Fiber scalability and longevity support growing data demands

April 3, 2024
The Fiber Broadband Association recently published research showing that existing fiber deployments can support future data needs.

During a Fiber Broadband Association webinar on March 28, John George, senior director of engineering at OFS and a member of the FBA’s technology committee, discussed a recently published FBA whitepaper that explores the longevity and scalability of fiber.

“We authored the paper with a lot of input from our technology committee members and research we did,” he said. “In summary, we found—kind of contrary to what we’ve heard some saying in other forums—that fiber has no known expiration date.”

George reported that the whitepaper’s findings show that fiber not only has the ability to support the data needs of today but will be able to support exponentially increasing amounts of data for the foreseeable future.

“We at FBA believe that fiber broadband investments should be scalable and durable,” he said, “particularly for public investments that are expected to provide long-term value to a community—and we have so much public funding of broadband infrastructure upcoming: with BEAD and other sources, $70-$80 billion is being invested in broadband in the coming four to five years. We found that future decades are going to continue to bring greater demands for applications that we can’t even envision today, and investments made today really need to keep pace with decades of growing demand. Fiber is a scalable durable infrastructure, with no upgrades required to the outdoor infrastructure and no known expiration date.”

Driving the data demand

George reported that the demands of today’s and future applications are driving both high speeds and lower latency. Real-time applications like virtual reality (VR) and augmented reality (AR) that render imagery and work with the cloud require very high capacity and low latency. VR and AR applications in all-day wearable devices are especially demanding.

“The video of your actual physical surroundings is being uploaded constantly to the cloud,” said George, “and then, in the cloud, there may be some processing or augmentation of that, and that is all being downloaded right in front of your visual field in real-time. And you can imagine, if this doesn’t happen instantly—if there’s any discordance between the imagery that we’re seeing in real-time in front of us as well as what’s being rendered from the cloud—this can create motion sickness and a lot of issues, researchers have found. So, to have richer visual content to make this a very immersive experience, we will need up to 5 Gbps just for one wearable device. Processed on the cloud, it’s going to require a very high capacity and low latency broadband network. And particularly for AR, the upstream bandwidth may be even higher than the downstream bandwidth requirements. And this is why we see network demands trending towards symmetrical gigabyte and faster with very low latency and very quick reaction time required.”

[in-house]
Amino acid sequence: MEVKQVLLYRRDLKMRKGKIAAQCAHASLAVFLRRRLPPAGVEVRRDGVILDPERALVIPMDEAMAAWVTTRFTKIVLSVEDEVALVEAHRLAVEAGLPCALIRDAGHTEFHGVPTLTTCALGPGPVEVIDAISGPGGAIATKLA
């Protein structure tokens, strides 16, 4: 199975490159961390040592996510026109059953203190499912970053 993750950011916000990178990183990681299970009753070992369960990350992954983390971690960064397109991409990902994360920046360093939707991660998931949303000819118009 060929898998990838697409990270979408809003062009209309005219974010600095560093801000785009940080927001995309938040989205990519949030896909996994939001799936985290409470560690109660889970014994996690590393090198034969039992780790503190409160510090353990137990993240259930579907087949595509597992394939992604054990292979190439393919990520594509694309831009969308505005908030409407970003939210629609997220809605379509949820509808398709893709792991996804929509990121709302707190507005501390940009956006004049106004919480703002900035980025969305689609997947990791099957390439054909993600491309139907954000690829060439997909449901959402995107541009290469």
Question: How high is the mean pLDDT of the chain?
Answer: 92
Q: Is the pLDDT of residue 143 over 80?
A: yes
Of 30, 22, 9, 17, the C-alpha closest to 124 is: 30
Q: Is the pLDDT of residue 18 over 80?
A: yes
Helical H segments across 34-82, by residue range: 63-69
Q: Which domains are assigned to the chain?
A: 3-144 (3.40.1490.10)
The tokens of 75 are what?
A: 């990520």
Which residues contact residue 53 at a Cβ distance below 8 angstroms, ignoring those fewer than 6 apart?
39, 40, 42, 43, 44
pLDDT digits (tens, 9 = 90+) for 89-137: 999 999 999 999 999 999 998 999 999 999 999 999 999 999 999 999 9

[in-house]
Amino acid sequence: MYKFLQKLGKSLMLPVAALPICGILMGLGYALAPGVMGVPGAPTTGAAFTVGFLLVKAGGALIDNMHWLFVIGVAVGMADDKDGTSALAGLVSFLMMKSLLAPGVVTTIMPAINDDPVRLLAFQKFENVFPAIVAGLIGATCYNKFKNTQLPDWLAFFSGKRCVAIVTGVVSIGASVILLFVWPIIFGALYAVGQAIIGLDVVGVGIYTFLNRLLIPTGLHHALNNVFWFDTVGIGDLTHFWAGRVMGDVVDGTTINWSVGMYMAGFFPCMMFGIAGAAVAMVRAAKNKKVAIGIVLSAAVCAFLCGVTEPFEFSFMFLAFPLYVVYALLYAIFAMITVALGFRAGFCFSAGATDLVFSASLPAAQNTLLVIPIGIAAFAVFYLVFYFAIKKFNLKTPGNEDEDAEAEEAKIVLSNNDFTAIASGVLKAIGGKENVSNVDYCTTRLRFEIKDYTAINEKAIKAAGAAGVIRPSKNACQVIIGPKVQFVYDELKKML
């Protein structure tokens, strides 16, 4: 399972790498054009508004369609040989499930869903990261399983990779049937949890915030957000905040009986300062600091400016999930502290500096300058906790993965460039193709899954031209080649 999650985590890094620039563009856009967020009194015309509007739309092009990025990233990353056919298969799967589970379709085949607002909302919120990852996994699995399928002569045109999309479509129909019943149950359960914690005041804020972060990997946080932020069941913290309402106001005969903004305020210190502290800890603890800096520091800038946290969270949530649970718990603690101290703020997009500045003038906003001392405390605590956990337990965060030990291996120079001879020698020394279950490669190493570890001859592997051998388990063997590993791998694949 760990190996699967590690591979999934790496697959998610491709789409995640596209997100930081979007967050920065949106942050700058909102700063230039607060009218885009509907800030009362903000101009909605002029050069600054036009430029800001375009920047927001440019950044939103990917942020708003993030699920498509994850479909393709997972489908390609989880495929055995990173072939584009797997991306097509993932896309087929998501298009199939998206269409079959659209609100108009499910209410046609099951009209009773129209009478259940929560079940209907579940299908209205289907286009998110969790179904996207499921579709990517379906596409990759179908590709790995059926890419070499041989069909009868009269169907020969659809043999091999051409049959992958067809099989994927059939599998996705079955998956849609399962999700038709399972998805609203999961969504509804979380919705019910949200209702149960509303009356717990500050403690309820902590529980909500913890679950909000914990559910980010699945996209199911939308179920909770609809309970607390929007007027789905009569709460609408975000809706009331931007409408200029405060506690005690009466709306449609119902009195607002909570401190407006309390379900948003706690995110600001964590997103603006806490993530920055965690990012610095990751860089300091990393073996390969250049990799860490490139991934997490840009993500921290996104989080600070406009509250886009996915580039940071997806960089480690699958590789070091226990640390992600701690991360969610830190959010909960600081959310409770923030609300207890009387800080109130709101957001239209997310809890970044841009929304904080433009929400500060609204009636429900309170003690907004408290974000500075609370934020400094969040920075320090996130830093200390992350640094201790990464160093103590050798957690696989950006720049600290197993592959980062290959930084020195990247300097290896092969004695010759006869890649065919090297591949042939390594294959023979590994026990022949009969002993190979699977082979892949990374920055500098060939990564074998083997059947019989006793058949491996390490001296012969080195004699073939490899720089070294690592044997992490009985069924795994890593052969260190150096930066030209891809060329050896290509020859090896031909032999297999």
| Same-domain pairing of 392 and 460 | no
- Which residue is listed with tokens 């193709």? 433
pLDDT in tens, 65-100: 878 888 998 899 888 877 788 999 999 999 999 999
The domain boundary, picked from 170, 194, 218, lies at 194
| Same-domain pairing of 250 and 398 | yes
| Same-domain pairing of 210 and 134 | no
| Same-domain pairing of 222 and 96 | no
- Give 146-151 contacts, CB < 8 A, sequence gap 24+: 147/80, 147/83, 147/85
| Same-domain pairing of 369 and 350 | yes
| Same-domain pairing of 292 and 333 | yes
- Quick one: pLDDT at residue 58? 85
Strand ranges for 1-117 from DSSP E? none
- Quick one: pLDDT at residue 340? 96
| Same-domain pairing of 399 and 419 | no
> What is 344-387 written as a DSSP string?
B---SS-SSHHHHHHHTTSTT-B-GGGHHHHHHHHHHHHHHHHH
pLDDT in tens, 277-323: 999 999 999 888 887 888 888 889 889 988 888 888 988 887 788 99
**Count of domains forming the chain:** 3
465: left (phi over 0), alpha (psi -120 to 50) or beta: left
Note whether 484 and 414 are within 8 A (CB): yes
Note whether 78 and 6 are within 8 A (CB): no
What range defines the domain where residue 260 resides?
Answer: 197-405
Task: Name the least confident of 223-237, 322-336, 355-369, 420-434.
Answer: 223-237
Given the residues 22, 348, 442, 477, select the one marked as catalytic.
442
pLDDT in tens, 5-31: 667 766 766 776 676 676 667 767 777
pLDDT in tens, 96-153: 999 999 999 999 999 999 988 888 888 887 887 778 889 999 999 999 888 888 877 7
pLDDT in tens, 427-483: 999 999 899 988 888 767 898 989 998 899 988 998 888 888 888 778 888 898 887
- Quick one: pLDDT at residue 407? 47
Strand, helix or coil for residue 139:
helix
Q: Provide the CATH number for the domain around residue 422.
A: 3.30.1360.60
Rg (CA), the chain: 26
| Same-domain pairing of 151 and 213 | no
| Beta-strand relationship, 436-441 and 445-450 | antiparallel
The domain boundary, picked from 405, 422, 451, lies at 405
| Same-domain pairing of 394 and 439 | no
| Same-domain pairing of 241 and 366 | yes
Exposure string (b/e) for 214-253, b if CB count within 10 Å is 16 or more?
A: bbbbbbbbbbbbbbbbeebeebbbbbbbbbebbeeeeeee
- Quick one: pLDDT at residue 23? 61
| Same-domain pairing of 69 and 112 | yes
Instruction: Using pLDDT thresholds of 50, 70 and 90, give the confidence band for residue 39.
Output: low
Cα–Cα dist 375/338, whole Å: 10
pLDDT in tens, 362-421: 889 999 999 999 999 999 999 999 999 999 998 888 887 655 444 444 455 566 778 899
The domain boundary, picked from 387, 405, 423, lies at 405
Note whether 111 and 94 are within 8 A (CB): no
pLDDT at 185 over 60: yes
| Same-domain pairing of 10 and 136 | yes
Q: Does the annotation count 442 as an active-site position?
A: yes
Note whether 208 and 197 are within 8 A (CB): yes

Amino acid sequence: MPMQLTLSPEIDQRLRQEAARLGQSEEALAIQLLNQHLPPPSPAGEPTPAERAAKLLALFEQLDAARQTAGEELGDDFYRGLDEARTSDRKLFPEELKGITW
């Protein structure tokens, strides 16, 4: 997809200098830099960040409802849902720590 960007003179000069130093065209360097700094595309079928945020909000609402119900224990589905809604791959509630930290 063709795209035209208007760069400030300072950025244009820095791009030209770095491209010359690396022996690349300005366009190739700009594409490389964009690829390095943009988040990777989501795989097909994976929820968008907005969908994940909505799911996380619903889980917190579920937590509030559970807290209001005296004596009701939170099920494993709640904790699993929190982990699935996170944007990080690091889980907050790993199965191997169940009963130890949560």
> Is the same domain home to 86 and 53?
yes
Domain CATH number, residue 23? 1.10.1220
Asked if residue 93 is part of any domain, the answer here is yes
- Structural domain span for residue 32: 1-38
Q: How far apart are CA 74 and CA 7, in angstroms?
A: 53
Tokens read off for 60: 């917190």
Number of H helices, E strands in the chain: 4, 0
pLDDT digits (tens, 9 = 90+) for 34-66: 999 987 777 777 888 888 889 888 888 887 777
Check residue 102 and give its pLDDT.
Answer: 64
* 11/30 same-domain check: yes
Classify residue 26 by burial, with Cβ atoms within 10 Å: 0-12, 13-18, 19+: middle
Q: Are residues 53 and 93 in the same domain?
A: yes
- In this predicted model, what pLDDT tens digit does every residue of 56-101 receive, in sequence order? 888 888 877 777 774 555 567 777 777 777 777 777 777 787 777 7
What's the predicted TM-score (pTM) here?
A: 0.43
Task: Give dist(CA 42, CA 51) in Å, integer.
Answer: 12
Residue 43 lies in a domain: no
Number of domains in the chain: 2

The FBA technology committee forecasts that the demands of augmented virtual reality coupled with AI enhancements will steadily increase as the decade goes on.

“We could see a need for 2 Gbps symmetrical peak bandwidth demand to a household of four,” he said. “And then, if we make assumptions based on various growth rates—we’ve been growing in the 25% per-year range—if we grew 15% per year after 2030, by 2040, we would need something in the order of 8 Gbps symmetrical; with a 30% growth rate, we’d be approaching 30 Gbps symmetrical. Now, these seem like very high numbers, but I recall a few years back, people thought a gigabyte was ridiculous, and now we have a gigabyte available and used by a very high percentage—I think over 30% of homes in the U.S. have gigabyte available.”

George further reported that the theoretical capacity for a single optical fiber is about 600 Tbps, or 600,000 Gbps, and that 300 Tbps speeds have been recently demonstrated.